The Roundtable: What Harvard’s NCAA win means for the Ivy League

Courtesy of espn.go.comSophomore All-Ivy first-team guard Wesley Saunders led the conference in scoring at 16.5 points per game.

Courtesy of
Sophomore All-Ivy first-team guard Wesley Saunders led the conference in scoring at 16.5 points per game.

Update: Coach Jerome Allen declined comment on Harvard's NCAA upset through Athletic Communications Director Mike Mahoney Monday.

In this edition of The Roundtable, six of our editors past and present ask what Harvard's win means for the Ancient Eight heading into the 2013-14 season, plain and simple:

Former Sports Editor Mike Wisniewski: Harvard's win is obviously good for the league. Why wouldn't it be? It's not like they ran away with the title -- the competition across the board was incredible this year, even though it was pretty certain Harvard or Princeton would end up winning it. It's a shame -- for the league, that is -- that the Crimson couldn't put in a more respectable performance against Arizona, but knocking off New Mexico was impressive enough. That would have been the upset of the tournament had Florida Gulf Coast not stolen their thunder.

Associate Sports Editor Steven Tydings: It is beneficial to the Ivy League in the sense of money since the league will get money from the victory. But it also hurts Penn in terms of image. You have a program that just six years ago was the class of the conference and getting the better players like Ibby Jaaber, Mark Zoller, Zack Rosen, etc., but is now 9-22, and hasn't won a title in six years. Now Harvard appears to be light years ahead, as they not only win a tournament game but also have a strong recruiting class and two players (likely cheaters) returning to make next year's team the favorite to run away with the conference, making it likely that Miller's final recruiting class with Cartwright/Dougherty will go without a title and leave coach Allen with little to nothing on his resume and a team full of just his players in 2014-15, for better or worse. Continue reading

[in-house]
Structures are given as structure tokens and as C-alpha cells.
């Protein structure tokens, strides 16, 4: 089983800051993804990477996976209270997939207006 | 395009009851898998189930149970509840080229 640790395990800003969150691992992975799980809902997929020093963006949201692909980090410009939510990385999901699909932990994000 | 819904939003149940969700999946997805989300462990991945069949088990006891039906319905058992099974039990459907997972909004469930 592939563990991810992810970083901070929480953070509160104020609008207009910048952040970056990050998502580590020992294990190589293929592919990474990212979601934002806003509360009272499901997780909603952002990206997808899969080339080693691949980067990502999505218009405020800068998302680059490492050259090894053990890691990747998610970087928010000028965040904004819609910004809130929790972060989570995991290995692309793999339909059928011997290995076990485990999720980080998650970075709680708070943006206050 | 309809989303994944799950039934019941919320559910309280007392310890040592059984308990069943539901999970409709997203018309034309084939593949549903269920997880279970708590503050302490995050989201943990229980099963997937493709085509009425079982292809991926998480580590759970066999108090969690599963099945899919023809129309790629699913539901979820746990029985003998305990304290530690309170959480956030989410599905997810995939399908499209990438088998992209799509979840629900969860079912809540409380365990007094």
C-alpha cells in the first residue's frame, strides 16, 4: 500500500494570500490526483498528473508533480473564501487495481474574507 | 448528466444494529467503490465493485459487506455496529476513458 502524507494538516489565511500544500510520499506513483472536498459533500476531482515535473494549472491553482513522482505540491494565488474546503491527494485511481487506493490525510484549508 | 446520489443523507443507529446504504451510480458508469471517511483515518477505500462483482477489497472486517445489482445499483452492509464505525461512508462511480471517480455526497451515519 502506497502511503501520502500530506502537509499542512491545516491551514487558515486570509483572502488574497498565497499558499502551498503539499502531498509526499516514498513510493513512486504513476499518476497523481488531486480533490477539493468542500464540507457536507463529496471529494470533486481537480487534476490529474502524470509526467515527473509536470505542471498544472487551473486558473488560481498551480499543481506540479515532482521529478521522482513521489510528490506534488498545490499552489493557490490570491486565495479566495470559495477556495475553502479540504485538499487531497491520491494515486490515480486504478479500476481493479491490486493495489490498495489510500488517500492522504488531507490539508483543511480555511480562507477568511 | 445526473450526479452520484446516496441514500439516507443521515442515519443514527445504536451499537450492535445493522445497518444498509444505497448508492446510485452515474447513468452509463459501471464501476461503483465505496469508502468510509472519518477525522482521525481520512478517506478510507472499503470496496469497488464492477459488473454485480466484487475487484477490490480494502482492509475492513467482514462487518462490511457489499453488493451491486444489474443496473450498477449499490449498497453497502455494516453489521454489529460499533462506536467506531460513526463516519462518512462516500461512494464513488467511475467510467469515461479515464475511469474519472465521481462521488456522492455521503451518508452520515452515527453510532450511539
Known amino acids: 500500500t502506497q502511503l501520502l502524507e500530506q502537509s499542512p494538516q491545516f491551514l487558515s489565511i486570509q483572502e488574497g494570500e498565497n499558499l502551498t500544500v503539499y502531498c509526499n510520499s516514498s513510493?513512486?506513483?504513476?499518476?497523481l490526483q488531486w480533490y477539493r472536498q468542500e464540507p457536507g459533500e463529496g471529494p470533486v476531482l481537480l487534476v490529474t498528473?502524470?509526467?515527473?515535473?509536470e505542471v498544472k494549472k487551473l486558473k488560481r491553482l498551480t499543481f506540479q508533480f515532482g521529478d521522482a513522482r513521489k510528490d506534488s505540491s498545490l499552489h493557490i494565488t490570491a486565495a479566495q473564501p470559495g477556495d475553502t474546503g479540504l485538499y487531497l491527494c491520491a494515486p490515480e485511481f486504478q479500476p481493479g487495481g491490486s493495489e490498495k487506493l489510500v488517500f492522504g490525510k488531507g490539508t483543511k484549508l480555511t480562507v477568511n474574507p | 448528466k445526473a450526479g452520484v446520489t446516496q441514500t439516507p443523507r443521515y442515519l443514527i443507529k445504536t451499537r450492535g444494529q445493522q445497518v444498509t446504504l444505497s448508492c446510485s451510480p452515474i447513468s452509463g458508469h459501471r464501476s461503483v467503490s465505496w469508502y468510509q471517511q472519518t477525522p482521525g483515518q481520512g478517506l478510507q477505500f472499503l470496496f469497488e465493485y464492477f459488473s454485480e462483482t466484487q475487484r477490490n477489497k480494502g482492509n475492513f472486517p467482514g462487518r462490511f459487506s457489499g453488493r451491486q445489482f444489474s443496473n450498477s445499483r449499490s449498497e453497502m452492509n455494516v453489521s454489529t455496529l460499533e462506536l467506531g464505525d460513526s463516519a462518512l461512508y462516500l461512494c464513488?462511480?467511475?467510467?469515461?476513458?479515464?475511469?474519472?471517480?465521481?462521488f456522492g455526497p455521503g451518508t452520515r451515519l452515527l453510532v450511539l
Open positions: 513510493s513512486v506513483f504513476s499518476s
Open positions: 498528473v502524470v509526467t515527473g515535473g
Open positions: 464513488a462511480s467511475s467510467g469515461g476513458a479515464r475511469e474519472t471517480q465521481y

Tony Hicks honored with second straight Ivy League Rookie of the Week

Different week, same award.Tony Hicks

For the second consecutive week, Tony Hicks was named Ivy League Rookie of the Week after putting up a combined 47 points in Penn's two games against Dartmouth and Harvard over the weekend.

Hicks led all players in scoring for the third and fourth straight games. He put up 23 points on 7-for-14 shooting in Friday night's loss to Dartmouth. The freshman guard also went 6-for-6 from the free throw line and helped Penn take a lead late in the game.

On Saturday night, Hicks was instrumental in the Quakers' upset of then first-place Harvard, as he scored 24 points while dishing out five assists. Those assists helped fuel a strong game from fellow-freshman Darien Nelson-Henry, who added a career-high 20 points against the Crimson.

Hicks has now scored 95 points in the last two weekends for an average of 23.8 points per game. In Penn's 11 Ivy contests, he leads the Red and Blue with 15.6 points per contest.

Game 28: Harvard – The Good, the Bad & the Ugly

Good Bad & Ugly


What a difference a night makes. After fizzling away Friday night against Dartmouth, the Quakers were back with a vengeance, getting the underdog victory over Harvard, 75-72. In a league of upsets, a truly dominant team has yet to emerge, though the Crimson had come into the weekend looking like the cream of the crop of the Ivy League, before being swept by Princeton and Penn. In front of a crowded Palestra, despite it being spring break, the Quakers avenged a loss in Cambridge from earlier this season, and just like the second matchup against the Crimson last year, came away with the win.